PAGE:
WASHINGTON - If you were hoping for a quick and simple end to the NFL lockout that started back on March 12, based on reports that the sides had agreed on all the important points, well, no such luck.

The spotlight moves on to Atlanta today, where owners are meeting, and where NFL general counsel Jeff Pash told reporters yesterday he still hopes the league will have an agreement voted on by players and owners by the end of the day.

The NFLPA began damping down expectations almost as soon as the media cavalcade formed in front of the association's 20th Street headquarters yesterday morning, in anticipation of a possible vote of player reps on a new CBA. NFLPA president Kevin Mawae declared that only the membership could vote to accept the terms, that the player reps were not there to give final approval, and he cautioned that the players were not going to be stampeded into approving a deal by today, just because that's what the league wants.

"Our goal today is to see what's on the table, discuss outlying issues that may or may not be there, but make no mistake about it, players are not in a rush - we're not tied to the timeline of July 21st," Mawae said. "Our timeline is that which gives us the deal that's the best deal for our players, be it today or tomorrow or whenever it may be. We want to go back to work, but we're not going to agree to any deal unless it's the right deal for all the players."

Sure enough, as the day wore on, reports filtered out that the reps ultimately had just voted to send the proposed settlement on to the plaintiffs in the antitrust suits filed against the league, with the understanding that problems would have to be resolved and the plaintiffs would have to sign off before the membership votes on the CBA.

"Our main plaintiffs have to agree to whatever settlement we come up with," Mawae said. "At the end of the day, the deal we're working on is the best for all the players in the NFL, and not just four guys."

By the end of the day, it seemed the rules and procedures that will guide the league's path for the next decade were all fine with the players, or at least with their team reps. But there is the suit over the owners' TV "lockout insurance," and the suit by Peyton Manning, Tom Brady and others, and somewhere in there is the $320 million the players lost when the free-agency rules were changed for last season, after the owners opted out of the previous CBA early. Yesterday's message is that the deal isn't done until the players are satisfied with the resolution of those details.

Is anybody really willing to try to drive this process off the cliff here in late July, when the sides have come so far toward saving the season? Probably not. It seemed significant that after Mawae's cautionary morning remarks, nobody from the PA later came out to face the cameras and threaten armageddon. Instead, reporters squeezed snippets from the reps as they left, singly or in small groups, through a service entrance in an alley behind the building, which quickly reached its capacity for parked black SUVs and limos.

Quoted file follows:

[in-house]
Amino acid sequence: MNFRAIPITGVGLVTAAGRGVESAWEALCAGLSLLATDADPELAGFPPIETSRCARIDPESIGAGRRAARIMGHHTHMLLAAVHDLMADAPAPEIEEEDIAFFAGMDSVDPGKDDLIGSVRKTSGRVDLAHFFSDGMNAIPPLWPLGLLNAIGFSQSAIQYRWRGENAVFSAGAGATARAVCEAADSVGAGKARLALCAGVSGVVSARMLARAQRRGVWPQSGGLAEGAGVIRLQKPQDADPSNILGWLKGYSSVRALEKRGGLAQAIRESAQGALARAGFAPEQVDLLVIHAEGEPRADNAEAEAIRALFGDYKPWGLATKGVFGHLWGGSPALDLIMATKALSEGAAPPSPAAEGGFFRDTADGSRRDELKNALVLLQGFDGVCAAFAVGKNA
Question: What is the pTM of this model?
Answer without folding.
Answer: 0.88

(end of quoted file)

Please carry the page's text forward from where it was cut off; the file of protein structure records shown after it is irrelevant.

Tyson Clabo of the Falcons offered only, "We've got a lot of work to do."

Tony Richardson of the Jets expanded on that: "We've got a lot more work to do, but we're still hashing it out."

Eagles player rep Winston Justice: "We spent all day looking over information and discussing different possible outcomes. And there is still negotiating to do."

Pash offered the possibility that owners could vote to ratify the deal today, without any action by the players. That would punt the ball back into the players' end of the field, make them the guys the public would perceive to be holding up football, regardless of the merits of their claims on the unresolved issues. Indeed, the Eagles sent the kind of contingent to Atlanta yesterday that would only be formed on the eve of a deal. Management might be ready to more or less declare the lockout over.

Pash said the NFL labor committee, which met yesterday in Atlanta, was in contact with the NFLPA throughout the day, with legal teams continuing to talk into the evening.

Even a delay of a few more days at this point - which is probably all we're talking about - could jeopardize the Aug. 7 Hall of Fame preseason game between the Rams and Bears. The Eagles are scheduled to open their preseason at home against the Ravens on Aug. 11.

"We've been talking about what a calendar would look like for resuming: when players would come in, when the new league year would open and when free agency would start," Pash said. "Obviously, all of that is going to depend on what schedule there is for ratifying the agreement, and making sure that all of the steps that have to take place before the new league year can begin have in fact occurred."

The Eagles confirmed that Andy Reid has scheduled a meeting of his coaches for Saturday, as he traditionally does in preparation for training camp.

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